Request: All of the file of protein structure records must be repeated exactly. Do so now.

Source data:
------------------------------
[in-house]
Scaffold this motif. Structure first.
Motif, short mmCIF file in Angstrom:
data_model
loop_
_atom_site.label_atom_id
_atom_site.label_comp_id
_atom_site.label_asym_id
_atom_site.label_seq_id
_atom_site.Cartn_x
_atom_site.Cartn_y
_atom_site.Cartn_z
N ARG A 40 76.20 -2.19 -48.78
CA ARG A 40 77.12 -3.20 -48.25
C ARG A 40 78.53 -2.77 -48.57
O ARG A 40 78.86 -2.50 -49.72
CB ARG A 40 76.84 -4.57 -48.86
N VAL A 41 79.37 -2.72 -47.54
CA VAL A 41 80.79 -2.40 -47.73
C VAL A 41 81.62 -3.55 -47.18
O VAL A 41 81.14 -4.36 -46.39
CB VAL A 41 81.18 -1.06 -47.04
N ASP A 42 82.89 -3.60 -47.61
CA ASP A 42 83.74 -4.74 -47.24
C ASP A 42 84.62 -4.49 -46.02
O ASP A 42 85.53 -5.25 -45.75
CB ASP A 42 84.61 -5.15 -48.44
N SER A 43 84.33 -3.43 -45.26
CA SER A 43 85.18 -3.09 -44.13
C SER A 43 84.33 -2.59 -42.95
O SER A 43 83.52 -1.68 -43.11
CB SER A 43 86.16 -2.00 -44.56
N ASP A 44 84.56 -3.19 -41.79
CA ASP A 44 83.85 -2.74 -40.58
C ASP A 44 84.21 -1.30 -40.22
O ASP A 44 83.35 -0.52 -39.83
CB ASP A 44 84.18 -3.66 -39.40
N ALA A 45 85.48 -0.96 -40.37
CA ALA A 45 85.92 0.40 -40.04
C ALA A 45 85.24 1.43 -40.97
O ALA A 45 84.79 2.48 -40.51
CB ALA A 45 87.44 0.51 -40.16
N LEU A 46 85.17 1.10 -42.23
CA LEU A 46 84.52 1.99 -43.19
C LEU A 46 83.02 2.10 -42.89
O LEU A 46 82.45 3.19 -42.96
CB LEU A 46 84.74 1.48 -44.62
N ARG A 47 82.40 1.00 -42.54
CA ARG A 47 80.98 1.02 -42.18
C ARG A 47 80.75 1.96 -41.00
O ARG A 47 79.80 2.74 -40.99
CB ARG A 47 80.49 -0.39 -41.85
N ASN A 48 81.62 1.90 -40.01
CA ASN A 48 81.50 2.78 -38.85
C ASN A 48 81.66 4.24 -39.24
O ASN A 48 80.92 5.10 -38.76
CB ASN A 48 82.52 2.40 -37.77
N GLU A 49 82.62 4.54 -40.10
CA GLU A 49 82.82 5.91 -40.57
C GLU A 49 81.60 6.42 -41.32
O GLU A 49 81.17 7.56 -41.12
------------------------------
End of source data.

[in-house]
Scaffold this motif. Structure first.
Motif, short mmCIF file in Angstrom:
data_model
loop_
_atom_site.label_atom_id
_atom_site.label_comp_id
_atom_site.label_asym_id
_atom_site.label_seq_id
_atom_site.Cartn_x
_atom_site.Cartn_y
_atom_site.Cartn_z
N ARG A 40 76.20 -2.19 -48.78
CA ARG A 40 77.12 -3.20 -48.25
C ARG A 40 78.53 -2.77 -48.57
O ARG A 40 78.86 -2.50 -49.72
CB ARG A 40 76.84 -4.57 -48.86
N VAL A 41 79.37 -2.72 -47.54
CA VAL A 41 80.79 -2.40 -47.73
C VAL A 41 81.62 -3.55 -47.18
O VAL A 41 81.14 -4.36 -46.39
CB VAL A 41 81.18 -1.06 -47.04
N ASP A 42 82.89 -3.60 -47.61
CA ASP A 42 83.74 -4.74 -47.24
C ASP A 42 84.62 -4.49 -46.02
O ASP A 42 85.53 -5.25 -45.75
CB ASP A 42 84.61 -5.15 -48.44
N SER A 43 84.33 -3.43 -45.26
CA SER A 43 85.18 -3.09 -44.13
C SER A 43 84.33 -2.59 -42.95
O SER A 43 83.52 -1.68 -43.11
CB SER A 43 86.16 -2.00 -44.56
N ASP A 44 84.56 -3.19 -41.79
CA ASP A 44 83.85 -2.74 -40.58
C ASP A 44 84.21 -1.30 -40.22
O ASP A 44 83.35 -0.52 -39.83
CB ASP A 44 84.18 -3.66 -39.40
N ALA A 45 85.48 -0.96 -40.37
CA ALA A 45 85.92 0.40 -40.04
C ALA A 45 85.24 1.43 -40.97
O ALA A 45 84.79 2.48 -40.51
CB ALA A 45 87.44 0.51 -40.16
N LEU A 46 85.17 1.10 -42.23
CA LEU A 46 84.52 1.99 -43.19
C LEU A 46 83.02 2.10 -42.89
O LEU A 46 82.45 3.19 -42.96
CB LEU A 46 84.74 1.48 -44.62
N ARG A 47 82.40 1.00 -42.54
CA ARG A 47 80.98 1.02 -42.18
C ARG A 47 80.75 1.96 -41.00
O ARG A 47 79.80 2.74 -40.99
CB ARG A 47 80.49 -0.39 -41.85
N ASN A 48 81.62 1.90 -40.01
CA ASN A 48 81.50 2.78 -38.85
C ASN A 48 81.66 4.24 -39.24
O ASN A 48 80.92 5.10 -38.76
CB ASN A 48 82.52 2.40 -37.77
N GLU A 49 82.62 4.54 -40.10
CA GLU A 49 82.82 5.91 -40.57
C GLU A 49 81.60 6.42 -41.32
O GLU A 49 81.17 7.56 -41.12